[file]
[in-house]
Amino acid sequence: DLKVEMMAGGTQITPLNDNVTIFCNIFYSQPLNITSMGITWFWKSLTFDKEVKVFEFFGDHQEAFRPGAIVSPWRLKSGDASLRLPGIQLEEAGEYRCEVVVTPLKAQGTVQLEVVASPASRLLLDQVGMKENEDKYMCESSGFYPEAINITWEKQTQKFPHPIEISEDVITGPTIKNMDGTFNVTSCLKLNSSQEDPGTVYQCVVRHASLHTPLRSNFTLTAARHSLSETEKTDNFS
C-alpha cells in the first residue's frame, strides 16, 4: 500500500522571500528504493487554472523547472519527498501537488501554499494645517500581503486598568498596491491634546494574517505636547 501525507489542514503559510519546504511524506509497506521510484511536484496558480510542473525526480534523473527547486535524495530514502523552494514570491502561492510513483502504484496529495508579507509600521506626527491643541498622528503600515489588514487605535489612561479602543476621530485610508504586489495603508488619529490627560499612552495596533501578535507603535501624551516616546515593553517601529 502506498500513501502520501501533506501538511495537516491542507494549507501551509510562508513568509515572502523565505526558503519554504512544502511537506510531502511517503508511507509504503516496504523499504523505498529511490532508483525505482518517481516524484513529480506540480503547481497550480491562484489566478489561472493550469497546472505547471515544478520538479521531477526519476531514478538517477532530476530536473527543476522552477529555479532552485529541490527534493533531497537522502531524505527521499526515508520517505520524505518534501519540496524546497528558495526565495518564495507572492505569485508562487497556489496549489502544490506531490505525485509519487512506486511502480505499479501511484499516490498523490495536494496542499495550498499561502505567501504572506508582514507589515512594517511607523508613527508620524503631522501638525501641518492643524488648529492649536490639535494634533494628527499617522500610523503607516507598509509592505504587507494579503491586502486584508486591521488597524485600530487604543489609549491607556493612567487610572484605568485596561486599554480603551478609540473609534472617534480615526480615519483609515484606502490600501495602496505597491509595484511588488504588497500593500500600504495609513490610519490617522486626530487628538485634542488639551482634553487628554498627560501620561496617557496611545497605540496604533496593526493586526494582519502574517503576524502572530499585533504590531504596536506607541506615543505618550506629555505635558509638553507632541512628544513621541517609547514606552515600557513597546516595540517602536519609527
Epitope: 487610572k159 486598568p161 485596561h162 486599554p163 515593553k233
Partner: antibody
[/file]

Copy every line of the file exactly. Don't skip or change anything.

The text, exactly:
[in-house]
Amino acid sequence: DLKVEMMAGGTQITPLNDNVTIFCNIFYSQPLNITSMGITWFWKSLTFDKEVKVFEFFGDHQEAFRPGAIVSPWRLKSGDASLRLPGIQLEEAGEYRCEVVVTPLKAQGTVQLEVVASPASRLLLDQVGMKENEDKYMCESSGFYPEAINITWEKQTQKFPHPIEISEDVITGPTIKNMDGTFNVTSCLKLNSSQEDPGTVYQCVVRHASLHTPLRSNFTLTAARHSLSETEKTDNFS
C-alpha cells in the first residue's frame, strides 16, 4: 500500500522571500528504493487554472523547472519527498501537488501554499494645517500581503486598568498596491491634546494574517505636547 501525507489542514503559510519546504511524506509497506521510484511536484496558480510542473525526480534523473527547486535524495530514502523552494514570491502561492510513483502504484496529495508579507509600521506626527491643541498622528503600515489588514487605535489612561479602543476621530485610508504586489495603508488619529490627560499612552495596533501578535507603535501624551516616546515593553517601529 502506498500513501502520501501533506501538511495537516491542507494549507501551509510562508513568509515572502523565505526558503519554504512544502511537506510531502511517503508511507509504503516496504523499504523505498529511490532508483525505482518517481516524484513529480506540480503547481497550480491562484489566478489561472493550469497546472505547471515544478520538479521531477526519476531514478538517477532530476530536473527543476522552477529555479532552485529541490527534493533531497537522502531524505527521499526515508520517505520524505518534501519540496524546497528558495526565495518564495507572492505569485508562487497556489496549489502544490506531490505525485509519487512506486511502480505499479501511484499516490498523490495536494496542499495550498499561502505567501504572506508582514507589515512594517511607523508613527508620524503631522501638525501641518492643524488648529492649536490639535494634533494628527499617522500610523503607516507598509509592505504587507494579503491586502486584508486591521488597524485600530487604543489609549491607556493612567487610572484605568485596561486599554480603551478609540473609534472617534480615526480615519483609515484606502490600501495602496505597491509595484511588488504588497500593500500600504495609513490610519490617522486626530487628538485634542488639551482634553487628554498627560501620561496617557496611545497605540496604533496593526493586526494582519502574517503576524502572530499585533504590531504596536506607541506615543505618550506629555505635558509638553507632541512628544513621541517609547514606552515600557513597546516595540517602536519609527
Epitope: 487610572k159 486598568p161 485596561h162 486599554p163 515593553k233
Partner: antibody